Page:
Compound Variations - Drywall - Contractor Talk

Compound Variations

 
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Old 05-03-2007, 11:47 PM   #1
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Compound Variations


I don't specialize in drywall like some of you so I would like some feedback from the pros here. My procedure for a routine job goes something like this:

1.Mesh tape (I use it everywhere expect corners and I have no problems with it)
2.1 coat of 20
3.Either 2 coats of 45 then a 90...OR...1 45 and 1 90
4.Light sand
5.Pre-mixed final coat
6.Final sanding

Now I know some guys have their time tested methods for productivity and end result but it varies.

What do you do for the majority of your jobs? There are special circumstances and scenarios...but I'm talking generally. What compounds do you use at different stages?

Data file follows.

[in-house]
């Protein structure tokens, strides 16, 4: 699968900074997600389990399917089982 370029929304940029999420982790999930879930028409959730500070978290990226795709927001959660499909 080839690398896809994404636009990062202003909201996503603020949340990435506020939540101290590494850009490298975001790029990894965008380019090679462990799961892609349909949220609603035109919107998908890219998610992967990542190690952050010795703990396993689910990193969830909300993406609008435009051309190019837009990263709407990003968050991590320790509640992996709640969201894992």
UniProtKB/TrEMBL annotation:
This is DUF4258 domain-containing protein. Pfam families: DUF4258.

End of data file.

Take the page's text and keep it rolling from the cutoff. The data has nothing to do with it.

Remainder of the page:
So mine would go 20,45,45,90,finish. Or 20,45,90,finish.

So what's your variation?
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Old 05-04-2007, 10:59 AM   #2
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Re: Compound Variations


We use paper tape or Strait-Flex..

We use...

All Purpose(green lid) mixed with set 20 to tape
All Purpose Lightweight(blue lid) mixed with set 45 to block
All Purpose Lighweight(blue lid) mixed with set 45 to skim
Sand with 120g sanding screens
Point up with set 90 mixed with(a LITTLE) lightweight

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Old 05-04-2007, 03:28 PM   #3
 
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Re: Compound Variations